Fast forward a few hours, sense of occasion all but evaporated into the headachey Monday morning blues from hell (now complete with 4 far-too awake and excitable offspring, and 1 grumpy husband) I find myself at the local Tesco café, bemused as I struggle to work out exactly how many breakfasts I needed to order for 6 of us. No easy task.

BrainFog- the bain of my life. For the past 5 years S and I have been chronically sleep deprived. Our boy B has a rare chromosome disorder. Usually when I tell people that there are a few standard reactions; I’ll share a couple of my faves:

One. They look at me as if I had forgotten to put on clothes that morning and am blissfully unaware that my puppies are freely unleashed to the world. Cue nervous smile, quick conversation change, obligatory polite goodbye paired with some sort of sorry-your-life-sucks comment, and backing off at speed through the nearest fire exit.
Two. After a fleeting look not dissimilar to constipation as they dredge up all their GCSE biology knowledge of genetics from the useless facts memory file deep in their brain, the expression changes to pity and they spout some off-the-wall and miseducated rubbish about kids with ‘handicaps’ (a totally un-PC term for the uninformed among you) while staring intently and stroking your arm as if their life depended on it.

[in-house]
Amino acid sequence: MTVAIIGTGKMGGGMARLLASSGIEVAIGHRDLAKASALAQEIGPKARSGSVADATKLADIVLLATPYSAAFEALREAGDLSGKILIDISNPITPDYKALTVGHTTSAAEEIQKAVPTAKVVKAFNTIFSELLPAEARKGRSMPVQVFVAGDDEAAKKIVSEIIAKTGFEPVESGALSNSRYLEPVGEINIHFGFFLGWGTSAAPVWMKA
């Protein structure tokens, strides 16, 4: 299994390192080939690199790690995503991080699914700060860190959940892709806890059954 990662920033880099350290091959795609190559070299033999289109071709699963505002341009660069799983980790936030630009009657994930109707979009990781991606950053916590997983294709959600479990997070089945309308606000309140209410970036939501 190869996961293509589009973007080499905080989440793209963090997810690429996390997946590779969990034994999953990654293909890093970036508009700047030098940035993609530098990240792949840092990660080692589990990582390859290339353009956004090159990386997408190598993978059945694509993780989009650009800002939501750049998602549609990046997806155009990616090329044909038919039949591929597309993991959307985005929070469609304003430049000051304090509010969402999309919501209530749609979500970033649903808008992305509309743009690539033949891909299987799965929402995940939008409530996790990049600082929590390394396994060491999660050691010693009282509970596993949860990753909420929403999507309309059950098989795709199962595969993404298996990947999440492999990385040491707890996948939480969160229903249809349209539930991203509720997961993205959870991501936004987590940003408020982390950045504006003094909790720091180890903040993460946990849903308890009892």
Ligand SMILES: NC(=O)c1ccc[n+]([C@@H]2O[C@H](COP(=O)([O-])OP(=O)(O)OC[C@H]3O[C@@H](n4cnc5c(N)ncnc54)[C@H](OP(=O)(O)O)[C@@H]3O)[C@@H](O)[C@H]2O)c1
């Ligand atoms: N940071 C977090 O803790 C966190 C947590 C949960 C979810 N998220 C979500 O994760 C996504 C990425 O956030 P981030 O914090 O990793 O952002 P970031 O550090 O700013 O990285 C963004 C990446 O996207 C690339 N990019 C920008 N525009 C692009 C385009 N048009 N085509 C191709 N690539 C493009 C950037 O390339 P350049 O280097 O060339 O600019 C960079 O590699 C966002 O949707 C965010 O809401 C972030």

B’s disorder makes him an exceptionally unique little boy. There are approximately 500 people worldwide with his condition, and of those about 7 with his exact genetic make-up. As opposed to the 5.5 billion walking round like you or me. In reality this translates as autism, severe learning difficulty, ADHD, no speech, multiple health problems, physical issues, and risk of sudden death at any point. Oh yes, I’d almost forgotten- and sleep disorders. Think complicated version of Taz on amphetamines and you’re almost there.